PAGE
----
|Roasted Chicken - A classy culinary classic!|
Between my junior and senior years of college, I spent the summer working in Washington, DC and living away from my family for the first time ever. The day my parents left to drive back home, they dropped me off at my office at Georgetown University. For the rest of the day, I sat in a conference room reading computer printouts and crying. For eight hours. But that's another story.
I became good friends with a co-worker, a young single mother named Peggy, who invited me home for dinner one evening after work. While she worked in the kitchen, I enjoyed playing games with her little boy in the living room. Before we knew it, Peggy called us to the table, where I first laid eyes on one of culinary world's classics -- a whole roasted chicken surrounded by vegetables.
What's this, I thought? I was familiar with roasted turkeys for the holidays, but I had no idea you could roast a whole chicken. What a great idea! Before I even knew the term for it, I made a note to self.
An hour is a very reasonable amount of time to prepare dinner. The aroma wafting from the kitchen for that hour was tantalizing. The presentation made a weekday seem like a special occasion. And the flavor was pure and simple comfort food.
With the hindsight that comes with age and experience, I know now why my mother had never served us a roasted chicken. Even though the preparation was fast and easy and the taste divine, my mother would have been wasting her time (not to mention putting all of us in danger!) by placing a platter with a whole roasted chicken in the center of a table ringed with my five hungry brothers.
I shudder to think how that scene might have played out. Hands reaching out from around that table simultaneously
selecting grabbing legs and wings and then cutting yanking the less obvious pieces out from the shreds of honey-brown skin.
No, even a stunning presentation could not trump, my mother's need to feed -- with all deliberate speed!
And let's not even consider arming
my brothers the hungry horde with carving knives. No, no, my god NO!
So instead, my mother became an expert at carving up two or more whole chickens in the kitchen ... all by herself ... probably while we were still at school ... and serving them oven-fried. It was a thrifty, simple and fast way to feed the
family hungry horde. And we gobbled up every piece on the platter! Every single one.
I didn't discover leftovers until I graduated from college a year later and left home for good. It was quite a while before I learned to cook for two, instead of eight, so I had plenty of leftovers. But that is yet another story!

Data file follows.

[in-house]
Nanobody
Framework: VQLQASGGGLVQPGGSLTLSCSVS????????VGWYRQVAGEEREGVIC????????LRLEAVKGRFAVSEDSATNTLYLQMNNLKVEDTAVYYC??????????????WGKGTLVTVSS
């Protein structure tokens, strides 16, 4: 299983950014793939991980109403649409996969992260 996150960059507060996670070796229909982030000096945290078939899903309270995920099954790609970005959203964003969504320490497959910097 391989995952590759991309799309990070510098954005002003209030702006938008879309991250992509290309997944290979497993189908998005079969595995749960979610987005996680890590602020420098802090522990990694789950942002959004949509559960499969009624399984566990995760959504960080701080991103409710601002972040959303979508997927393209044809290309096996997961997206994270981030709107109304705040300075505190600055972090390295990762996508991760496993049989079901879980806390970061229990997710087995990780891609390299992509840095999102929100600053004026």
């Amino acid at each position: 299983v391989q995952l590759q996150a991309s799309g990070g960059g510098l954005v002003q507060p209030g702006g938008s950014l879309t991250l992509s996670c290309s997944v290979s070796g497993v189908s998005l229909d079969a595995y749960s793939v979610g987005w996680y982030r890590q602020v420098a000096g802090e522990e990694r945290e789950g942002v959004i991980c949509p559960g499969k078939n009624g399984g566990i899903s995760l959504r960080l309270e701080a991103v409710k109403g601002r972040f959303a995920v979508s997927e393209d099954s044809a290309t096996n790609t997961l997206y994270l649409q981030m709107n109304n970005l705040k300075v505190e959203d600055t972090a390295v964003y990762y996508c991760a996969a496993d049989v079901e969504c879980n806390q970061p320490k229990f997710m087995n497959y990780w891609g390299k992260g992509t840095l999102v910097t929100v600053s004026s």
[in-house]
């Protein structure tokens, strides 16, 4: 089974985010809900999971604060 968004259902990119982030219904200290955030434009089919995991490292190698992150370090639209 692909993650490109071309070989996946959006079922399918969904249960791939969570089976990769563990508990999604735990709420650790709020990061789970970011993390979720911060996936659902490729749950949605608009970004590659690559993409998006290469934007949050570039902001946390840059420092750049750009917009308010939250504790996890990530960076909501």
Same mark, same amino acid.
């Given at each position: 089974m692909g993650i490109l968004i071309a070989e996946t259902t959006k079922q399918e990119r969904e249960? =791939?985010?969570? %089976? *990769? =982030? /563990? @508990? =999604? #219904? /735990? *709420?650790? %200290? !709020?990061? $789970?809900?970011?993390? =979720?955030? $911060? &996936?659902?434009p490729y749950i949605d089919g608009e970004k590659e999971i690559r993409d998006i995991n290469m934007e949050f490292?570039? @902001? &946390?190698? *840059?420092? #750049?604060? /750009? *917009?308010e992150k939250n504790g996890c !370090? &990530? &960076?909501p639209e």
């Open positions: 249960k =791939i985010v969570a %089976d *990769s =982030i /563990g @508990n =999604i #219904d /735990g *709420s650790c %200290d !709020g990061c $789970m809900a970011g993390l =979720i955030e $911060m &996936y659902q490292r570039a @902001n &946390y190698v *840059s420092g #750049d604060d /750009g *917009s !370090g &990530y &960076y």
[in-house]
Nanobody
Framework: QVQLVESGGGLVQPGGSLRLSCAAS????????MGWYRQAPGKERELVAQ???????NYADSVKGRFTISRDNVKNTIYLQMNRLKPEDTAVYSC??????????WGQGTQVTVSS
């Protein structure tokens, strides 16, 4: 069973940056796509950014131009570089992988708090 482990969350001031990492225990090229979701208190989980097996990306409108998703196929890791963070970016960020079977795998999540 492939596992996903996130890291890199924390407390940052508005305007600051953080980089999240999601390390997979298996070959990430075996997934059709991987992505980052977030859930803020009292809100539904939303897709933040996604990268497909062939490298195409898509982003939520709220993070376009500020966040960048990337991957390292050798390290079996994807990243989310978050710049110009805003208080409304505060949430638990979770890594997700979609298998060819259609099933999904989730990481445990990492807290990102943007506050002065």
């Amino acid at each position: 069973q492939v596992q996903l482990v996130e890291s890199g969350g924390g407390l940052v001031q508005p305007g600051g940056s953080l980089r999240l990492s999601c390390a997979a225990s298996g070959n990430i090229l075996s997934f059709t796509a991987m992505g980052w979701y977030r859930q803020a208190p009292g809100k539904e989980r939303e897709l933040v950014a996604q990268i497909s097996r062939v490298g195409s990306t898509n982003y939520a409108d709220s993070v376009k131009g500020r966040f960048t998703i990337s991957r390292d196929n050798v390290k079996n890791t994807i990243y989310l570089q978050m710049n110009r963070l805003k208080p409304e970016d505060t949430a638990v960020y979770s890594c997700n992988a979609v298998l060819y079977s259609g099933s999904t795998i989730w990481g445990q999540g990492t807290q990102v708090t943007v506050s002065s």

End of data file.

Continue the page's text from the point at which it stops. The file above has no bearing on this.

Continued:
I love how easy it can be to roast a whole chicken for a smaller family dinner -- four to six is good. And even if you prepare meals for just one or two, the light lemony-herb flavor of this chicken is perfect for chicken salad sandwiches or potpie. It's a twofer!
- quick and easy
- healthy ingredients
- impressive presentation
- feeds the average family
- good for one or two, too
- good leftovers
- comfort food
ROASTED CHICKEN AND VEGETABLES
1 whole chicken (5-6 lbs.)
freshly ground pepper
dried or fresh chopped rosemary
1 head garlic
1 small onion
vegetables, chopped in 1-in. pieces
(your choice of potatoes, carrots, parsnips, onions etc.)
Preheat oven to 425 degrees. Remove any giblets from inside of chicken. Rinse and pat dry. Roll lemon on counter with palm of hand to release juices. Pierce lemon all over with point of sharp knife and cut in half. Squeeze 1/2 of lemon over the outside of the chicken. Rub entire chicken with olive oil, inside and outside. Sprinkle inside and outside generously with kosher salt, freshly ground black pepper and dried chopped rosemary. Cut whole head of garlic in half crosswise. Peel onion and cut in half. Place lemon, garlic and onion inside chicken until cavity is filled. Any pieces that won't fit inside may be placed in the roasting pan with chicken. Place chicken in oven and roast for 30 minutes. Remove roasting pan and add chopped vegetables, turning them in juices to coat. Return chicken to oven and continue to cook. As soon as internal temperature of chicken reaches 180 degrees, remove immediately and allow chicken to rest about 10 minutes before slicing. If vegetables are not cooked completely, return roasting pan with vegetables to oven and continue cooking while chicken cools. Vegetables should be slightly brown and crispy on the outside, but not mushy! Chicken may be served whole and sliced at the table or cut and sliced before serving on a platter with vegetables. Leftover chicken may be used for chicken salad or a potpie with vegetables.